In some circumstances, eye redness can occur in a certain part of the eye such as the corner or all over the white part of the eye. Even though a patch of redness can indicate a localized effect of a certain condition, it can also cause widespread redness all over the eye.
When the redness in the eye does not improve and accompanied by other symptoms such as changes in the vision or irritation, the individual should consult a doctor in order to determine the condition responsible for causing the symptoms. You can learn more about the appropriate steps to take for eye redness by enrolling in a first aid class today.
Eye infections such as conjunctivitis can cause redness in the eyes. In most cases, severe inflammation can lead to redness all over the white part of the eye which is why many call the condition as pink eye. The other symptoms include discomfort, itchiness and discharge.
In most cases, the symptoms typically subside after a few days. On the other hand, some might need prescription eye drops to help resolve the infection. The individual should consult a doctor if the symptoms become worse instead of improving or if the individual experiences changes in vision or continued discomfort.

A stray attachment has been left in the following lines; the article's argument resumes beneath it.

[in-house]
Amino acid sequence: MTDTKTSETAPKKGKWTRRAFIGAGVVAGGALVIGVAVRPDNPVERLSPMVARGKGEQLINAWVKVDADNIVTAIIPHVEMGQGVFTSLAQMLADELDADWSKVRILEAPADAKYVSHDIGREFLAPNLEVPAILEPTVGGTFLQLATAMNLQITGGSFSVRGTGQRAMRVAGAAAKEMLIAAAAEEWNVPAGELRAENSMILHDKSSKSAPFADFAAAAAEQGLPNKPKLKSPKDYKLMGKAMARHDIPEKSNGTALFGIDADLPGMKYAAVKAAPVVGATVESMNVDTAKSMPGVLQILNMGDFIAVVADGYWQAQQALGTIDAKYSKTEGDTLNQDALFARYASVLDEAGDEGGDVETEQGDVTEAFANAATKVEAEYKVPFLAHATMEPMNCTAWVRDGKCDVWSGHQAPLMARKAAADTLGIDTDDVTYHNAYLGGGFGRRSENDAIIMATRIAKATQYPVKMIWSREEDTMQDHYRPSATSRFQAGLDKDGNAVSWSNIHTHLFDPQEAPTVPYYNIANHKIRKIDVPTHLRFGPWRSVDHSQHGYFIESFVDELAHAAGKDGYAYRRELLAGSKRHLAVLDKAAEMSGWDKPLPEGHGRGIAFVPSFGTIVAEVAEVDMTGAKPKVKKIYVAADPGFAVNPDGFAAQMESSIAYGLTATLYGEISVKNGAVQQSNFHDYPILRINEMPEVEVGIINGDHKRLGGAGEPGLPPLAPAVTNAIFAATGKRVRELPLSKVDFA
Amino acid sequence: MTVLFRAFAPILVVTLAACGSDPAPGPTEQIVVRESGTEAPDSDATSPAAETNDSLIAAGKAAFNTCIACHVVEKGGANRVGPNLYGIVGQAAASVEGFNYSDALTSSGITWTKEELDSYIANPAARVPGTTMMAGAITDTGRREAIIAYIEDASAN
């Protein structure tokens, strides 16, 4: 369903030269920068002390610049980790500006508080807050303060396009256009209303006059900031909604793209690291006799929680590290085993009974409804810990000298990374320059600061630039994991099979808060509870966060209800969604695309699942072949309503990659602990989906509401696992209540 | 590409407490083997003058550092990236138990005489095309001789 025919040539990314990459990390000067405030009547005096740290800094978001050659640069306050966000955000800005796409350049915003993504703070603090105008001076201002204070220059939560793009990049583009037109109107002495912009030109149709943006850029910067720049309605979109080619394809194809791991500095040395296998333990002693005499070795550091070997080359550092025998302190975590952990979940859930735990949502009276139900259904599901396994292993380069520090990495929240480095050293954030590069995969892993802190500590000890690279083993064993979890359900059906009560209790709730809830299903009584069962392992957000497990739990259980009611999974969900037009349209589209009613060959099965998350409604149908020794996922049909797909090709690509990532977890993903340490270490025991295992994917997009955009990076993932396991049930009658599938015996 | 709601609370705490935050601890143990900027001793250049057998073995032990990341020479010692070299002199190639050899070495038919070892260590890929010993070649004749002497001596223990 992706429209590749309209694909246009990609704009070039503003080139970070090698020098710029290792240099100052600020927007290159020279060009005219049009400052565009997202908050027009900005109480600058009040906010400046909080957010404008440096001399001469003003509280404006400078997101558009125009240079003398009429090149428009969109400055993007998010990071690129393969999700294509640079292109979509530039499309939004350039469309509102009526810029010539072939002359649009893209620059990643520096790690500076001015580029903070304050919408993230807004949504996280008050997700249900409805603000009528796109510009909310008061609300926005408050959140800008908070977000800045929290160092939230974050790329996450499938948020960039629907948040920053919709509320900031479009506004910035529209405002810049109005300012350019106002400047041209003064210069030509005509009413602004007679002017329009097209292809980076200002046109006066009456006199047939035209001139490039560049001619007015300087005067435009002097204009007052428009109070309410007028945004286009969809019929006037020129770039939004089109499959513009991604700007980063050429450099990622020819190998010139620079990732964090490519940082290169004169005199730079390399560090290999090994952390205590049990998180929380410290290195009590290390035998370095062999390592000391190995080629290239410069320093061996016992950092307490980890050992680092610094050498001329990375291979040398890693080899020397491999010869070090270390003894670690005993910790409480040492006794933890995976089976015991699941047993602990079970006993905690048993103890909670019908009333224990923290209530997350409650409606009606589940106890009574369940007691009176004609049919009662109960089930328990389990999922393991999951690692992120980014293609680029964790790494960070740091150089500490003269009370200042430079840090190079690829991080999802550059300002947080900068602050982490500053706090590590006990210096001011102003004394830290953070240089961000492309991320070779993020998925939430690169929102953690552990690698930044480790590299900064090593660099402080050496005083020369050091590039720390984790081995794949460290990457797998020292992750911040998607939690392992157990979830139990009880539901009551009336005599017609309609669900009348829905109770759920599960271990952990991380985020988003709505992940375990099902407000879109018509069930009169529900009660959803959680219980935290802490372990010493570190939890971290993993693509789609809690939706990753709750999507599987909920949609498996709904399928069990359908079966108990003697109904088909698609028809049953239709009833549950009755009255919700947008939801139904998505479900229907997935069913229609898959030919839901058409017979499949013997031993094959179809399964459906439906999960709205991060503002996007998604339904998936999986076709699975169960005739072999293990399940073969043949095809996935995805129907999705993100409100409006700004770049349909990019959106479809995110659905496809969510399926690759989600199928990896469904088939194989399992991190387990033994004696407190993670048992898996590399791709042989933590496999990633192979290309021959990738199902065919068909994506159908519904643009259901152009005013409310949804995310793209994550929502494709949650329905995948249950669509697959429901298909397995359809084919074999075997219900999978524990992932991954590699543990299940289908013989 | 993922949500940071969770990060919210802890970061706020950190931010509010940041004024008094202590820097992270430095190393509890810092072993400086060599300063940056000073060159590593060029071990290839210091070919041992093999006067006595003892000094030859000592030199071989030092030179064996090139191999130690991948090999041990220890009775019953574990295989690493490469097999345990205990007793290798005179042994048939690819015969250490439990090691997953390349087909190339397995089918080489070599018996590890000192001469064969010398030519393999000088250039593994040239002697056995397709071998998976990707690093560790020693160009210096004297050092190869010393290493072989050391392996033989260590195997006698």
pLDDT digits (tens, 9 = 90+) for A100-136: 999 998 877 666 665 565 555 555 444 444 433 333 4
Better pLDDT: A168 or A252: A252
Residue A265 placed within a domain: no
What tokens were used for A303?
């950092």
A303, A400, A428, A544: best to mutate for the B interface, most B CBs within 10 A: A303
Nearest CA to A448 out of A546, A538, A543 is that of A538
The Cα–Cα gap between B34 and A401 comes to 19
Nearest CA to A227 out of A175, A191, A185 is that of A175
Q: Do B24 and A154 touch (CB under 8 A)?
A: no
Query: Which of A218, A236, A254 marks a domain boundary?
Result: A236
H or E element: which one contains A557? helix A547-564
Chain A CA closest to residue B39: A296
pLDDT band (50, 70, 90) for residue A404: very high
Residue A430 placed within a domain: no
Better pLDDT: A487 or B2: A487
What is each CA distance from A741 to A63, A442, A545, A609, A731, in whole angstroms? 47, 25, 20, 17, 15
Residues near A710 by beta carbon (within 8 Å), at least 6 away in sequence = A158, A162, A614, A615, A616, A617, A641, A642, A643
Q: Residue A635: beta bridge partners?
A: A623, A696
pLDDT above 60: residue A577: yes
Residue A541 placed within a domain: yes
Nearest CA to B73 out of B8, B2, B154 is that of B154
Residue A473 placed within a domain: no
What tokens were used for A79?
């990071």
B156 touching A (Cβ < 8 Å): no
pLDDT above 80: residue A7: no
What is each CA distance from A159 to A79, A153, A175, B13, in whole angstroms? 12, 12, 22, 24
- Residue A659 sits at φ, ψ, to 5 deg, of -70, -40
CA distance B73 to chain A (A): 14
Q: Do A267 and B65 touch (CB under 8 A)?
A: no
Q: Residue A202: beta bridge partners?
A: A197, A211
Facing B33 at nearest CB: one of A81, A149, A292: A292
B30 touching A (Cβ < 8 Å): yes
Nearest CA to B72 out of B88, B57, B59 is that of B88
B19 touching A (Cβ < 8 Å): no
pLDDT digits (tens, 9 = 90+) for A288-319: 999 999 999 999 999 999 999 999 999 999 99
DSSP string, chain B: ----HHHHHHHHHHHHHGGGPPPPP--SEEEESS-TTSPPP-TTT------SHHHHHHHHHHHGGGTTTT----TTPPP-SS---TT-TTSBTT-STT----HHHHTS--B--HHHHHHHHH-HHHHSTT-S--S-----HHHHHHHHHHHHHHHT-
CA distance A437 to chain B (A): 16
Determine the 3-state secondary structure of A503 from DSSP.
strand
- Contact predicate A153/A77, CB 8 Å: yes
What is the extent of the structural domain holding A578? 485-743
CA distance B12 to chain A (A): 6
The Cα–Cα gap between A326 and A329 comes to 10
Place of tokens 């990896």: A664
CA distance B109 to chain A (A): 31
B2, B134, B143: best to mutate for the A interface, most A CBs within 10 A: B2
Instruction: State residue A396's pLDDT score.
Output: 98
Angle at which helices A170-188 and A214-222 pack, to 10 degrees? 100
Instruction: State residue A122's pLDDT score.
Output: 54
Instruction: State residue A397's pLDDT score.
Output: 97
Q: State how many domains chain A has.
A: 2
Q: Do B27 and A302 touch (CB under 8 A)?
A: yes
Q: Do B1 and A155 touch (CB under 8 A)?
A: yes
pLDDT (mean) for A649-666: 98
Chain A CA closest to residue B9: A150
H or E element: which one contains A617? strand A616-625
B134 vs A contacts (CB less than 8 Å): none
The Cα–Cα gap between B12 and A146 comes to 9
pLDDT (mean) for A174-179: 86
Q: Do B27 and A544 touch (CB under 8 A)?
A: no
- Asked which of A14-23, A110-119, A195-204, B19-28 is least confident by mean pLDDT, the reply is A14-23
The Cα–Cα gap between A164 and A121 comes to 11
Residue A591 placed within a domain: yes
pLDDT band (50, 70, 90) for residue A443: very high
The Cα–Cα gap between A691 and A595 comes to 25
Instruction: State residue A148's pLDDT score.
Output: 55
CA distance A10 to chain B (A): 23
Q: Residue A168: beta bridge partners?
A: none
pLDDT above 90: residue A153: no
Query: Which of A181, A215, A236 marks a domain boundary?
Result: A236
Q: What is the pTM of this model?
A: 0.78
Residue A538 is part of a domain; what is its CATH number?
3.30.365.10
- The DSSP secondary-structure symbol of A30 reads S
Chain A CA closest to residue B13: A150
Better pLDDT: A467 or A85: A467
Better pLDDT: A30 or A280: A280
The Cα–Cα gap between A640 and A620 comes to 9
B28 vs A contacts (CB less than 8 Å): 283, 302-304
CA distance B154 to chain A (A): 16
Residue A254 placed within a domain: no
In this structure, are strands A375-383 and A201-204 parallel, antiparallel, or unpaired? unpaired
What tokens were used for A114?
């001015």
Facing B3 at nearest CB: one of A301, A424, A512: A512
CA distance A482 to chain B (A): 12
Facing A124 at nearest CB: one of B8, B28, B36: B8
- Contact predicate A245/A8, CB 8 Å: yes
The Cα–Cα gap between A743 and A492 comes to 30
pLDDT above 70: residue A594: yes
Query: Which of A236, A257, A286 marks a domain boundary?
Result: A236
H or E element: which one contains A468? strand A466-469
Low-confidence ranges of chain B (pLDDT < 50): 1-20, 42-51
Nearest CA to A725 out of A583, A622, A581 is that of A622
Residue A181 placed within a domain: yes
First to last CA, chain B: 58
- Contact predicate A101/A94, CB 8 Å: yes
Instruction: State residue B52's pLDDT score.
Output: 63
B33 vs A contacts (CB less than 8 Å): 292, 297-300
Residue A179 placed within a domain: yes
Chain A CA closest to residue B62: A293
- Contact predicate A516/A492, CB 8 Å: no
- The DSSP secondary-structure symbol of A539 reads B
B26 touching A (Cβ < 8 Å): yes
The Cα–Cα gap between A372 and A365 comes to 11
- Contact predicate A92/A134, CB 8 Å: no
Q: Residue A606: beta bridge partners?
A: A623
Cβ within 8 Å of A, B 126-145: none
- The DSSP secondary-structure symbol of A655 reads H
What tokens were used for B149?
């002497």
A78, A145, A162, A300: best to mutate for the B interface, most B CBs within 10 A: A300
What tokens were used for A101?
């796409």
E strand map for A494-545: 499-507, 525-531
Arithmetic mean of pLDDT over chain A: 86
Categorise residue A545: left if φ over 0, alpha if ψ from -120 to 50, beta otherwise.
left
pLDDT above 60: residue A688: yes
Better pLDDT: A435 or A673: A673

Many individuals have allergic reactions to pollens or other seasonal allergens and some end up with an allergic reaction when exposed to pets. Take note that these reactions can trigger sinus reactions such as congestion or sneezing but the eyes can also react as well. The redness often manifests and covers the entire white part of the eye. The itchiness and discomfort can also occur as well. In such cases, over-the-counter eye drops can help relieve the redness of the eyes as well as the other symptoms. On the other hand, some would require a prescription eye drop. There are also oral medications that can be given to help reduce the irritation and redness as well as prevent the symptoms from recurring.
If there is a broken blood vessel on the white part of the eye, it can cause localized redness which typically occurs in the angle of the eye or on any region on the white part of the eye. A damaged blood vessel will not cause pain, changes in vision or irritation.
Take note that the hemorrhage often manifests after sneezing or coughing, but some can associate the cause to the appearance of a broken blood vessel. The hemorrhage acts like a bruise on the skin that can heal over time and will not worsen. Nevertheless, if the red spot on the eye appears to bulge out or bleeds into the colored part of the eye, the individual should seek medical care.